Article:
Soap has some interesting labeling issues when it comes to the ingredient declaration. It can be a chameleon – a consumer commodity, a cosmetic, an insecticide or a drug.
Whether or not the ingredient declaration is required depends on what is is in the eyes of the law, what the ingredients are, and what claims are made about it.
What is it?
Soap can be many things, depending on how it’s made and what claims are made about it.
Is It “True Soap”?
The first thing to determine is whether it is “true soap” as defined by the FDA. A true soap is one in which “the bulk of the non-volatile portion consists primarily of an alkali salt salt of fatty acids” (according to the FDA regulations). In other words, it is made with lye and oils.
A true soap is exempt from FDA cosmetic regulations, and is the labeling requirements are governed by the Fair Packaging and Labeling act. The name of the product, net weight and name and address of the manufacturer, distributor or packager are required on the label; the ingredient declaration is not required.
In order to be exempt from other labeling requirements, the only claims that can be made about a true soap are that it is soap and that it cleanses. A true soap can become a different type of product if other claims are made about it.
A soap that is made with primarily with detergents or other ingredients, it is NOT a true soap. Most, but not all, melt and pour soaps, are not “true soap”. A soap that is not a true soap is usually a cosmetic.
Is it a Cosmetic?
As noted above, a soap that isn’t a true soap is automatically considered a cosmetic if it’s used on the human body. However, a true soap can be a cosmetic if a cosmetic CLAIM is made about the soap or one of it’s ingredients. If you say “contains moisturizing shea butter,” it’s a cosmetic. If you say it’s a “moisturizing soap,” it’s a cosmetic.
Cosmetic labeling is governed by the FDA. The label requires the name of the product, what it is, the net weight, the name and address of the manufacturer AND a declaration of the ingredients.
Is It Something Else?
A soap that claims to “repel insects” becomes an insecticide and is governed by the EPA’s labeling requirements.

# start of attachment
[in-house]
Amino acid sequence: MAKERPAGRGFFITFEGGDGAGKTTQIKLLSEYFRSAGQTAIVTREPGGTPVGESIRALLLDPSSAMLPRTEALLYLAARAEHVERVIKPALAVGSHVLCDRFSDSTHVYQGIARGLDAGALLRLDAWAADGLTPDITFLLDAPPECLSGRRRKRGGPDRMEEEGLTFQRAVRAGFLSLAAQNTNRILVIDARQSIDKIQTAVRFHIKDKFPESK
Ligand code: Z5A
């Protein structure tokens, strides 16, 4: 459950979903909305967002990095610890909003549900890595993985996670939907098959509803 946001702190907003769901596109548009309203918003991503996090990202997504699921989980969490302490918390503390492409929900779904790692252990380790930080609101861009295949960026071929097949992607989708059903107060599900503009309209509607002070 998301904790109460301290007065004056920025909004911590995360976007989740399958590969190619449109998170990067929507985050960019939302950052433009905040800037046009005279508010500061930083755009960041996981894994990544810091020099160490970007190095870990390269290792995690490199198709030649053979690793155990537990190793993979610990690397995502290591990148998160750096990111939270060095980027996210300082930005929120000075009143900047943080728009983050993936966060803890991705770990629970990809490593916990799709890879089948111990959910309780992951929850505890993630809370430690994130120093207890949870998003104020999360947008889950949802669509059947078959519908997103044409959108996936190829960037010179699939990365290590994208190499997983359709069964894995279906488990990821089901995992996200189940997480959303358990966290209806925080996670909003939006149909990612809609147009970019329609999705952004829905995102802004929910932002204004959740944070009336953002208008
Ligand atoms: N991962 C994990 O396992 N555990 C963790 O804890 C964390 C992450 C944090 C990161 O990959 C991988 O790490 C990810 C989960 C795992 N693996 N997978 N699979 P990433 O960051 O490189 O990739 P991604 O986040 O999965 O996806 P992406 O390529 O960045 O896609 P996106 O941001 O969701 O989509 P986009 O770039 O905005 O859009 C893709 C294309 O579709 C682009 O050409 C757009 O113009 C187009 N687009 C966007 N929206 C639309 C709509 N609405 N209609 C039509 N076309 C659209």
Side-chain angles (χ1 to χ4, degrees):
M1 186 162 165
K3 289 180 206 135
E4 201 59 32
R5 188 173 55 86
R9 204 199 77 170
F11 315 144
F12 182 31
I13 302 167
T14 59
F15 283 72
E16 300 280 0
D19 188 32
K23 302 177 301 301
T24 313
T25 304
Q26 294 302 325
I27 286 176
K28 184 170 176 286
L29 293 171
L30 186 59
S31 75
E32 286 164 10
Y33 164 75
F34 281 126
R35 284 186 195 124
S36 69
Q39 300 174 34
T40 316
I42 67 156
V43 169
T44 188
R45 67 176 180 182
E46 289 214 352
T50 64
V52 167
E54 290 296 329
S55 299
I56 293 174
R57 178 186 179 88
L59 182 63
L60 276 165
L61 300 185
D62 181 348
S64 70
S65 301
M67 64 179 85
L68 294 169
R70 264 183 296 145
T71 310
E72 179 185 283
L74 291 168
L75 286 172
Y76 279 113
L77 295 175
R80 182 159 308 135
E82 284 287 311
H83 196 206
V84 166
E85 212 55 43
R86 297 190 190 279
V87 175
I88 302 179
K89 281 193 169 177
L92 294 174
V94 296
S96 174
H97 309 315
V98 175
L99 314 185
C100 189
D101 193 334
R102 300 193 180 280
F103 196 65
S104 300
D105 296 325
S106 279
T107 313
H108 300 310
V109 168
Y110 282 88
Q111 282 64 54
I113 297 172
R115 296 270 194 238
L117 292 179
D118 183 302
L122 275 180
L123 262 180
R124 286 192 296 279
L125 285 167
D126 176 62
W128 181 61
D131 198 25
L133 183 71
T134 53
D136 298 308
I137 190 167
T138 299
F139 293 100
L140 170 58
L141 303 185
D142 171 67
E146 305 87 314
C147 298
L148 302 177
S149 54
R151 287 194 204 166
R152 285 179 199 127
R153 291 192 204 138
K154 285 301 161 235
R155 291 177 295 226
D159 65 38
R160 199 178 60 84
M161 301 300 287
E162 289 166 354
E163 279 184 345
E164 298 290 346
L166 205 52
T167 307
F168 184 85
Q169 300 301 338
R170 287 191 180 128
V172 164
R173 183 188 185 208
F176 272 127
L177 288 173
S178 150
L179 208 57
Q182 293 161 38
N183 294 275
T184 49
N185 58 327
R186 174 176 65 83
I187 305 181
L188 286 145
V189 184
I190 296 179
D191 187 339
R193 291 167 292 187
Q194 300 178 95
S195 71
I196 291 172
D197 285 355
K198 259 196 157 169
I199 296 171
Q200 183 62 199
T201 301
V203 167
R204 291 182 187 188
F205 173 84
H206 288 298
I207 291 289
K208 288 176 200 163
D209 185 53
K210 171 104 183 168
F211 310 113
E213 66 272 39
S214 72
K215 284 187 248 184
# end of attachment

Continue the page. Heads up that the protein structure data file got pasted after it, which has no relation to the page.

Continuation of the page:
A soap that claims to “cure, treat, mitigate or prevent disease” or that is intended to “affect the structure or any function of the body” is a drug, and is subject to the FDA drug approval and labeling regulations. Some common drug claims for soap include: “anti-bacterial,”kills fungi,” “treats or cures eczema,” etc. Note that if a claim is made for an ingredient in the soap it is still considered a claim for the soap itself, so claiming that it contains tea tree oil which is “known to be antibacterial” can make the soap a drug.
Cosmetic Ingredient Declaration
If the soap is a cosmetic, then the cosmetic ingredient declaration is required. The ingredient declaration must be in descending order of predominance, except that ingredients at less that 1% can be listed in any order after the ingredients at more than 1%. There are some other exceptions for FDA approved colorants and multi-product packages.
The ingredients need to use the INCI name or the common name if no INCI name is assigned. For botanicals, the common name is required; the latin name may be included. It’s important to note that “saponified oil of ____” is NOT a valid ingredient name.
What About Lye?
An ingredient declaration can state what goes into the pot or what comes out of the pot. Since soap has a chemical reaction that occurs, that gives two different ways to present the ingredients.
Into The Pot
In a typical example soap, what goes into the pot is oil, lye, water and additives. Therefore a valid ingredient declaration would be “Water, palm oil, coconut oil, olive oil, sodium hydroxide, lavender essential oil, and mica”.
The oils could also include the Latin name of the plant.
Out Of The Pot
Using the correct INCI names, what comes out of the pot is mostly sodium palmate, sodium coocate, sodium olivate, lavender essential oil and mica. HOWEVER, there is also water, glycerin and any unsaponified oils.
The problem with declaring the ingredients based on what comes OUT of the pot is that you don’t (normally) know exactly how much water, glycerin, and unsaponified palm, coconut and olive oils are still in the soap – so you can’t put them in the right order.
Ingredient List When It’s Not Required
Sometimes (often, actually) a soapmaker has a true soap for which no cosmetic claims have been made, but still wants to tell their customers what is in the soap. Since it’s not a cosmetic, the FDA regulations don’t apply, so there is considerably more freedom in what you say.
In this case, you could use “saponified oils of ___”. The ingredients don’t necessarily have to be in descending order of predominance – they don’t even have to all be included.
A Note of Advice
If you do decide to put the ingredients on a true soap, be aware that consumers expect that if you say “Ingredients: ____”, you are stating all of the ingredients in descending order of predominance. To withhold ingredients isn’t in violation of the FDA regulations, but it might be considered “deceptive”.
A better way to do it, if you are using non-standard ingredient names (such as “saponified oils of ___”, or are not putting all the ingredients on the list (ie saying “essential oil blend” instead of listing them out), it’s probably better to put it as information, rather than an actual “ingredient declaration.”
Something like “We make our soaps with saponified oils of ___ and scent them with only pure essential oils, including much-loved lavender and patchouli oils.” That makes it more informative, and the consumer can see that it’s not a true ingredient declaration as they normally expect on cosmetics.